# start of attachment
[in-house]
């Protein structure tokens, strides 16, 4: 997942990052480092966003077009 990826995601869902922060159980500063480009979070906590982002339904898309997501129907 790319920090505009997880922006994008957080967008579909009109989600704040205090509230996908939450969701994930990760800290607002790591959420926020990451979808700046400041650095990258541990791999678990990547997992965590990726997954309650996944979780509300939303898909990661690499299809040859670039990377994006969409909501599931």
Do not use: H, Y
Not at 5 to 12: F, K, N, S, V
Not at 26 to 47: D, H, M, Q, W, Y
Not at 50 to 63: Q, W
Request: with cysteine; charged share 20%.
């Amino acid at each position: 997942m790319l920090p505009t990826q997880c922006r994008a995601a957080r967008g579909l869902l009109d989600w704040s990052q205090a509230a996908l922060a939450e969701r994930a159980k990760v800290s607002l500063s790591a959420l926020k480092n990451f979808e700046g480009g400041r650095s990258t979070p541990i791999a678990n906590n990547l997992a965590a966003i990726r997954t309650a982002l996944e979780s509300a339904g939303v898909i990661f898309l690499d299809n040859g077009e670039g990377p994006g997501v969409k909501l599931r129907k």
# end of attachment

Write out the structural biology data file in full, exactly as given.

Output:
[in-house]
């Protein structure tokens, strides 16, 4: 997942990052480092966003077009 990826995601869902922060159980500063480009979070906590982002339904898309997501129907 790319920090505009997880922006994008957080967008579909009109989600704040205090509230996908939450969701994930990760800290607002790591959420926020990451979808700046400041650095990258541990791999678990990547997992965590990726997954309650996944979780509300939303898909990661690499299809040859670039990377994006969409909501599931």
Do not use: H, Y
Not at 5 to 12: F, K, N, S, V
Not at 26 to 47: D, H, M, Q, W, Y
Not at 50 to 63: Q, W
Request: with cysteine; charged share 20%.
């Amino acid at each position: 997942m790319l920090p505009t990826q997880c922006r994008a995601a957080r967008g579909l869902l009109d989600w704040s990052q205090a509230a996908l922060a939450e969701r994930a159980k990760v800290s607002l500063s790591a959420l926020k480092n990451f979808e700046g480009g400041r650095s990258t979070p541990i791999a678990n906590n990547l997992a965590a966003i990726r997954t309650a982002l996944e979780s509300a339904g939303v898909i990661f898309l690499d299809n040859g077009e670039g990377p994006g997501v969409k909501l599931r129907k």